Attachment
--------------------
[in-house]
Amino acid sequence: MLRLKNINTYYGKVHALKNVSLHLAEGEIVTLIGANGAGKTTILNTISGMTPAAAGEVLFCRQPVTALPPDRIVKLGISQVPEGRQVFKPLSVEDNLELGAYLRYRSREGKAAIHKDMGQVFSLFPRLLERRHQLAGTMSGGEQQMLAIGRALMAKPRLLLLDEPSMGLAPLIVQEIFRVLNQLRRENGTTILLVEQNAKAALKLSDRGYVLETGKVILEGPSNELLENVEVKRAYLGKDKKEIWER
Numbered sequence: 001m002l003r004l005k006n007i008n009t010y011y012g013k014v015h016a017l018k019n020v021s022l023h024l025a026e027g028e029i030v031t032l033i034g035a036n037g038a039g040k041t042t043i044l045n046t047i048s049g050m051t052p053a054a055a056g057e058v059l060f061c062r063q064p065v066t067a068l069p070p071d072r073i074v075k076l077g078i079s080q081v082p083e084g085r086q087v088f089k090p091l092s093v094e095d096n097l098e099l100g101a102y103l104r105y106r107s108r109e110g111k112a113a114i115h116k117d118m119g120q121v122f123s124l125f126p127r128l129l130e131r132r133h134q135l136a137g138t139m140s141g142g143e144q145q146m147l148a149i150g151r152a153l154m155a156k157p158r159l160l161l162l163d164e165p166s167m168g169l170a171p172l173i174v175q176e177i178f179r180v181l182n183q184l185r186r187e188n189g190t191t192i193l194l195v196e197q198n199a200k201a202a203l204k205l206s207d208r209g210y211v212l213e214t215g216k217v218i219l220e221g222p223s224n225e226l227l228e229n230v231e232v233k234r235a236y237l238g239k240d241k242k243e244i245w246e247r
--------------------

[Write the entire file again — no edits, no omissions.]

[in-house]
Amino acid sequence: MLRLKNINTYYGKVHALKNVSLHLAEGEIVTLIGANGAGKTTILNTISGMTPAAAGEVLFCRQPVTALPPDRIVKLGISQVPEGRQVFKPLSVEDNLELGAYLRYRSREGKAAIHKDMGQVFSLFPRLLERRHQLAGTMSGGEQQMLAIGRALMAKPRLLLLDEPSMGLAPLIVQEIFRVLNQLRRENGTTILLVEQNAKAALKLSDRGYVLETGKVILEGPSNELLENVEVKRAYLGKDKKEIWER
Numbered sequence: 001m002l003r004l005k006n007i008n009t010y011y012g013k014v015h016a017l018k019n020v021s022l023h024l025a026e027g028e029i030v031t032l033i034g035a036n037g038a039g040k041t042t043i044l045n046t047i048s049g050m051t052p053a054a055a056g057e058v059l060f061c062r063q064p065v066t067a068l069p070p071d072r073i074v075k076l077g078i079s080q081v082p083e084g085r086q087v088f089k090p091l092s093v094e095d096n097l098e099l100g101a102y103l104r105y106r107s108r109e110g111k112a113a114i115h116k117d118m119g120q121v122f123s124l125f126p127r128l129l130e131r132r133h134q135l136a137g138t139m140s141g142g143e144q145q146m147l148a149i150g151r152a153l154m155a156k157p158r159l160l161l162l163d164e165p166s167m168g169l170a171p172l173i174v175q176e177i178f179r180v181l182n183q184l185r186r187e188n189g190t191t192i193l194l195v196e197q198n199a200k201a202a203l204k205l206s207d208r209g210y211v212l213e214t215g216k217v218i219l220e221g222p223s224n225e226l227l228e229n230v231e232v233k234r235a236y237l238g239k240d241k242k243e244i245w246e247r